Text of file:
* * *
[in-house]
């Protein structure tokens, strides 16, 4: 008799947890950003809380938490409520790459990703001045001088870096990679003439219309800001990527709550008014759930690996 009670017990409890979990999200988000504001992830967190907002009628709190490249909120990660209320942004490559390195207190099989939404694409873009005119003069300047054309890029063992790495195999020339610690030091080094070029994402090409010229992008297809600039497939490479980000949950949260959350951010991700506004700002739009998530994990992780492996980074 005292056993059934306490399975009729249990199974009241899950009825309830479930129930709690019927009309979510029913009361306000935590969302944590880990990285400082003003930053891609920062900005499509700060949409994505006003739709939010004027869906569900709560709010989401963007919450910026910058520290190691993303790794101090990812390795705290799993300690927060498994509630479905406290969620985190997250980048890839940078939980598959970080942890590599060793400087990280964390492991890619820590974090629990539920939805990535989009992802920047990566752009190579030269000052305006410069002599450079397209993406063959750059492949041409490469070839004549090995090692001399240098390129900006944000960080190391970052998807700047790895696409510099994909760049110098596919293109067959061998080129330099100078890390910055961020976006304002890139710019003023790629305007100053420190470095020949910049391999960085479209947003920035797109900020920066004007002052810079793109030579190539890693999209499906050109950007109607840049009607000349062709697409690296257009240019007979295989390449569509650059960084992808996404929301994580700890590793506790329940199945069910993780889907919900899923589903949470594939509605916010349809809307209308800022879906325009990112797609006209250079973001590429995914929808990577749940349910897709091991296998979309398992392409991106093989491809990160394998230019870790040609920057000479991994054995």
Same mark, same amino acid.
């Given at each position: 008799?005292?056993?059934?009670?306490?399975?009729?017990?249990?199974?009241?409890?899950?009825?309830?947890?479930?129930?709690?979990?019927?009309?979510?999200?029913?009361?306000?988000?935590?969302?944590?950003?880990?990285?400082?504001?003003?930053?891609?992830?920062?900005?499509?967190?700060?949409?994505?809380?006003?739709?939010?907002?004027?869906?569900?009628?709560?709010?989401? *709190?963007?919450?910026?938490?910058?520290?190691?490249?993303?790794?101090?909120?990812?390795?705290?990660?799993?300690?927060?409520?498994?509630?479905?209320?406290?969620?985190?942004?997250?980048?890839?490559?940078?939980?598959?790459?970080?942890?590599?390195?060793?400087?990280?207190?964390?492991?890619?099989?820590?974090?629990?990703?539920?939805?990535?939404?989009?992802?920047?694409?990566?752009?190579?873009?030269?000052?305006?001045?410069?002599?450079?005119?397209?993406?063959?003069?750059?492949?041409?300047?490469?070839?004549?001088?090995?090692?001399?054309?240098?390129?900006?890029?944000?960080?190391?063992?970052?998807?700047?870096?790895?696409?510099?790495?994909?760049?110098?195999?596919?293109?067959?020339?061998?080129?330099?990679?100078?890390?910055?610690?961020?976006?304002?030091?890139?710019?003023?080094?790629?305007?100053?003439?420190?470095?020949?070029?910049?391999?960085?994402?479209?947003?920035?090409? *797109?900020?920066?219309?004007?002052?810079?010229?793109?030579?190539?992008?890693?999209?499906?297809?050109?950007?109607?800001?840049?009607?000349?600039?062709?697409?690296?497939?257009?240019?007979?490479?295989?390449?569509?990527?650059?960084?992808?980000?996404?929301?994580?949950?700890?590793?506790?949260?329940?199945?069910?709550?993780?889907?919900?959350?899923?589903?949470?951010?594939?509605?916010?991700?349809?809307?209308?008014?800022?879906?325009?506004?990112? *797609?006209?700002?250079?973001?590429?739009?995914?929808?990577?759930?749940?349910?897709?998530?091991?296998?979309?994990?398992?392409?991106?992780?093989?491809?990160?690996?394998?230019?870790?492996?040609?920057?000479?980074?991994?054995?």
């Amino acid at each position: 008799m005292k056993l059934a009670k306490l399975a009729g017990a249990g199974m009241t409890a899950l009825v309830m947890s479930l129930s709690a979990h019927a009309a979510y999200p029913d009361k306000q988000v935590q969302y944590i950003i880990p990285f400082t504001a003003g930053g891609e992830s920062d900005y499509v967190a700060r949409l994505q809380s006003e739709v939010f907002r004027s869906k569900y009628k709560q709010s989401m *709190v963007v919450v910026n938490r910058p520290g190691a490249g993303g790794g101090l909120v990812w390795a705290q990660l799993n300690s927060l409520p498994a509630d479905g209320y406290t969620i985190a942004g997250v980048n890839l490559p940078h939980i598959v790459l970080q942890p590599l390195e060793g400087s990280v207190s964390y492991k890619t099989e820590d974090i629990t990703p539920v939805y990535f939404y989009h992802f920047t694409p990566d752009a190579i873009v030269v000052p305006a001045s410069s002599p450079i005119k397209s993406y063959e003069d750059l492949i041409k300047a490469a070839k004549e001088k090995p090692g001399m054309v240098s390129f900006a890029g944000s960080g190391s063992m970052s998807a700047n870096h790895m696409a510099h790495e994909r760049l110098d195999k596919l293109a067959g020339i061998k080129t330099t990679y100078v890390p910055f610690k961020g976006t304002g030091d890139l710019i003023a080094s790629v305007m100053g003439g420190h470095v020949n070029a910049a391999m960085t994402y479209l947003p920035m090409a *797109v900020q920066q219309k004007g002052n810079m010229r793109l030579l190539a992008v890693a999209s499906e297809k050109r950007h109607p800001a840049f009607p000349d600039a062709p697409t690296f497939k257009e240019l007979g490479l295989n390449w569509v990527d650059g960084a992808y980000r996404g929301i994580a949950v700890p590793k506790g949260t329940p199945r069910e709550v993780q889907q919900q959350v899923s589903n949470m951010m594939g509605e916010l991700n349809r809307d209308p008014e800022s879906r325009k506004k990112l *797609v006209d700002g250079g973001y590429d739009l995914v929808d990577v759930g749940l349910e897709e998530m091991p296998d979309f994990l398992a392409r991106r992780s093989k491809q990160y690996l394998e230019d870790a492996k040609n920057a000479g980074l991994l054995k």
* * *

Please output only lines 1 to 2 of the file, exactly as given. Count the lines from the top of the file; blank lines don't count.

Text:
[in-house]
């Protein structure tokens, strides 16, 4: 008799947890950003809380938490409520790459990703001045001088870096990679003439219309800001990527709550008014759930690996 009670017990409890979990999200988000504001992830967190907002009628709190490249909120990660209320942004490559390195207190099989939404694409873009005119003069300047054309890029063992790495195999020339610690030091080094070029994402090409010229992008297809600039497939490479980000949950949260959350951010991700506004700002739009998530994990992780492996980074 005292056993059934306490399975009729249990199974009241899950009825309830479930129930709690019927009309979510029913009361306000935590969302944590880990990285400082003003930053891609920062900005499509700060949409994505006003739709939010004027869906569900709560709010989401963007919450910026910058520290190691993303790794101090990812390795705290799993300690927060498994509630479905406290969620985190997250980048890839940078939980598959970080942890590599060793400087990280964390492991890619820590974090629990539920939805990535989009992802920047990566752009190579030269000052305006410069002599450079397209993406063959750059492949041409490469070839004549090995090692001399240098390129900006944000960080190391970052998807700047790895696409510099994909760049110098596919293109067959061998080129330099100078890390910055961020976006304002890139710019003023790629305007100053420190470095020949910049391999960085479209947003920035797109900020920066004007002052810079793109030579190539890693999209499906050109950007109607840049009607000349062709697409690296257009240019007979295989390449569509650059960084992808996404929301994580700890590793506790329940199945069910993780889907919900899923589903949470594939509605916010349809809307209308800022879906325009990112797609006209250079973001590429995914929808990577749940349910897709091991296998979309398992392409991106093989491809990160394998230019870790040609920057000479991994054995």